Donald Trump lost Nevada in 2020. He got beaten in Pennsylvania and Arizona, too. But in those swing states and more, the former president’s lingering hold on the GOP has the candidates running for governor crafting their campaigns in his image.
He came up regularly throughout a raucous GOP primary debate in Nevada last week, as candidates laid out Trump-like policy platforms, including frequent warnings about voter fraud. Pennsylvania Republicans are racing to hire staff who may have Trump’s ear and to roll out the support of those who have a connection to him.
And Trump’s potential endorsement is looming over primaries — starting with Arizona, where he will appear on stage with his anointed gubernatorial candidate during his first rally of the midterm year this weekend.
National politics seeped into governor’s races years before Trump came onto the political scene — and gubernatorial campaigns still have maintained a degree of unique detachment. But Trump’s influence over the GOP has rapidly pushed his signature policies and rhetoric into 2022 governor’s races — especially his false, conspiratorial claims that “election integrity” is under threat or even that the 2020 election was stolen from him. Republican candidates are parroting those claims while running for offices that will have significant influence over election procedures in their states, potentially including certification of future elections.
”I tell [Trump], the only way we can guarantee that, in 2024, we have a Republican president, is we need a leader here in the state of Nevada that understands our election laws and [is] willing to change them,” Dean Heller, a former Republican senator now running for Nevada governor, said during the recent debate. He called the state’s current laws “corrupt” and said that he will make the state elections “fair.”
“Republicans win when the process is fair,” said Heller, who occasionally clashed with Trump during the president’s first year but later pulled Trump close during his losing 2018 campaign. “I want a Republican president in 2024. It is going to take a Republican governor to make the necessary changes in order to make that happen.”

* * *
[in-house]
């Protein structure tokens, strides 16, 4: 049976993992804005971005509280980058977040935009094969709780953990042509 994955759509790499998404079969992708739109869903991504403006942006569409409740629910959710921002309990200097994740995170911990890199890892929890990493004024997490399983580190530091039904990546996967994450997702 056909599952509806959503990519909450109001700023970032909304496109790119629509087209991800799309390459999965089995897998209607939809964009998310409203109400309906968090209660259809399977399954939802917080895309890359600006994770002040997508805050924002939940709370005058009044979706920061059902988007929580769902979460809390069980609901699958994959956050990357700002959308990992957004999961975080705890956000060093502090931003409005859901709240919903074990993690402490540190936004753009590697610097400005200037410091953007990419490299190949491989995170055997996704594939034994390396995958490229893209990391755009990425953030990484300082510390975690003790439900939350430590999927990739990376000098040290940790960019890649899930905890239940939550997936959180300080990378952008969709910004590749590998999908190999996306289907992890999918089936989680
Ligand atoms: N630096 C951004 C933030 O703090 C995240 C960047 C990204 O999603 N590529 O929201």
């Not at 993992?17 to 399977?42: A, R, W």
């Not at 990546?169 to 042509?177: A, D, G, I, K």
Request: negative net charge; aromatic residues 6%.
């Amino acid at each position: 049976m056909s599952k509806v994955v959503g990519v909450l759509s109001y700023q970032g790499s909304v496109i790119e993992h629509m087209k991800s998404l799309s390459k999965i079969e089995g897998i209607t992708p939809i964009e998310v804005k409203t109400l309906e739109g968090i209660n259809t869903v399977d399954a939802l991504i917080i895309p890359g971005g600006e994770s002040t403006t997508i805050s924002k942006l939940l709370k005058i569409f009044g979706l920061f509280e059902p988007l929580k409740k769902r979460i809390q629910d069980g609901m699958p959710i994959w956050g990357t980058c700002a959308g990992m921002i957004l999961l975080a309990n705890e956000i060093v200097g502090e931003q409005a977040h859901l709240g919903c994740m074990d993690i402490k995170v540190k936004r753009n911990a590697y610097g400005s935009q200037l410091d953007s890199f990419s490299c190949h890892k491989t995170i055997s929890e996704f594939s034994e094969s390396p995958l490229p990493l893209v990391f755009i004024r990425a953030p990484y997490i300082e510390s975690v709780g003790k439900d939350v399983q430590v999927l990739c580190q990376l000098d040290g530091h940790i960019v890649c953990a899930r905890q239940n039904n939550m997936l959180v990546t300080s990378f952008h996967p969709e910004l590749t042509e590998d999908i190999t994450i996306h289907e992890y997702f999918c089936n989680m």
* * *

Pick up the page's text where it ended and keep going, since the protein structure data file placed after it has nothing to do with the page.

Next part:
In Pennsylvania, state Sen. Doug Mastriano — who rose to prominence by parroting Trump’s lies about the election and pushing for an election “audit” in his home state — trotted out two Trump associates during his campaign launch last weekend: former national security adviser Michael Flynn and former campaign lawyer Jenna Ellis. Both have been among the most vocal proponents of conspiracies about the 2020 election.
A slate of operatives with connections to Trump are finding work in the state. State Senate President Jake Corman announced that his team included Kellyanne Conway, Trump’s final 2016 campaign manager, while former Rep. Lou Barletta hired the firm of Bill Stepien and Justin Clark, who led Trump’s campaign into Election Day 2020. Bill McSwain, who was a U.S. attorney during the Trump administration, hired former Trump campaign aide James Fitzpatrick to run his campaign.
Pennsylvania — where the primary field is so large that forum organizers had to cram two parallel rows of lecterns onstage at an event last week — typifies the expansive roster of Republican gubernatorial hopefuls running in swing states including Arizona, Michigan, Minnesota and Nevada. Democrats control the governor’s mansion in all those states except for Arizona.
The exception to the crowded-primary rule has been Wisconsin, where former Lt. Gov. Rebecca Kleefisch is the only credible GOP challenger to Democratic Gov. Tony Evers so far. But even there, Trump tried to draft former Rep. Sean Duffy before he passed on a campaign last week, and former Senate candidate Kevin Nicholson is actively considering jumping into the race.
Candidates across the map are vying for Trump’s endorsement. So far, Trump has largely sat out open GOP gubernatorial primaries in the most competitive 2022 states — only weighing in in Arizona to back former TV anchor Kari Lake.
He is, however, giving Lake some early political muscle. Trump’s political committee announced on Tuesday that Lake would join the former president on stage at his rally in the state on Saturday — alongside prominent election conspiracy theorists Mike Lindell and state Rep. Mark Finchem, who Trump has backed for state secretary of state. It is Trump’s first rally of 2022.
But even for candidates who don’t score Trump’s endorsement, winning over the former president’s supporters will still be key in a Republican primary.
“Not only do you not run away from that, you embrace that without hesitance,” said Arizona-based Republican operative Barrett Marson, who is working for an outside organization supporting former Rep. Matt Salmon’s gubernatorial bid in the state.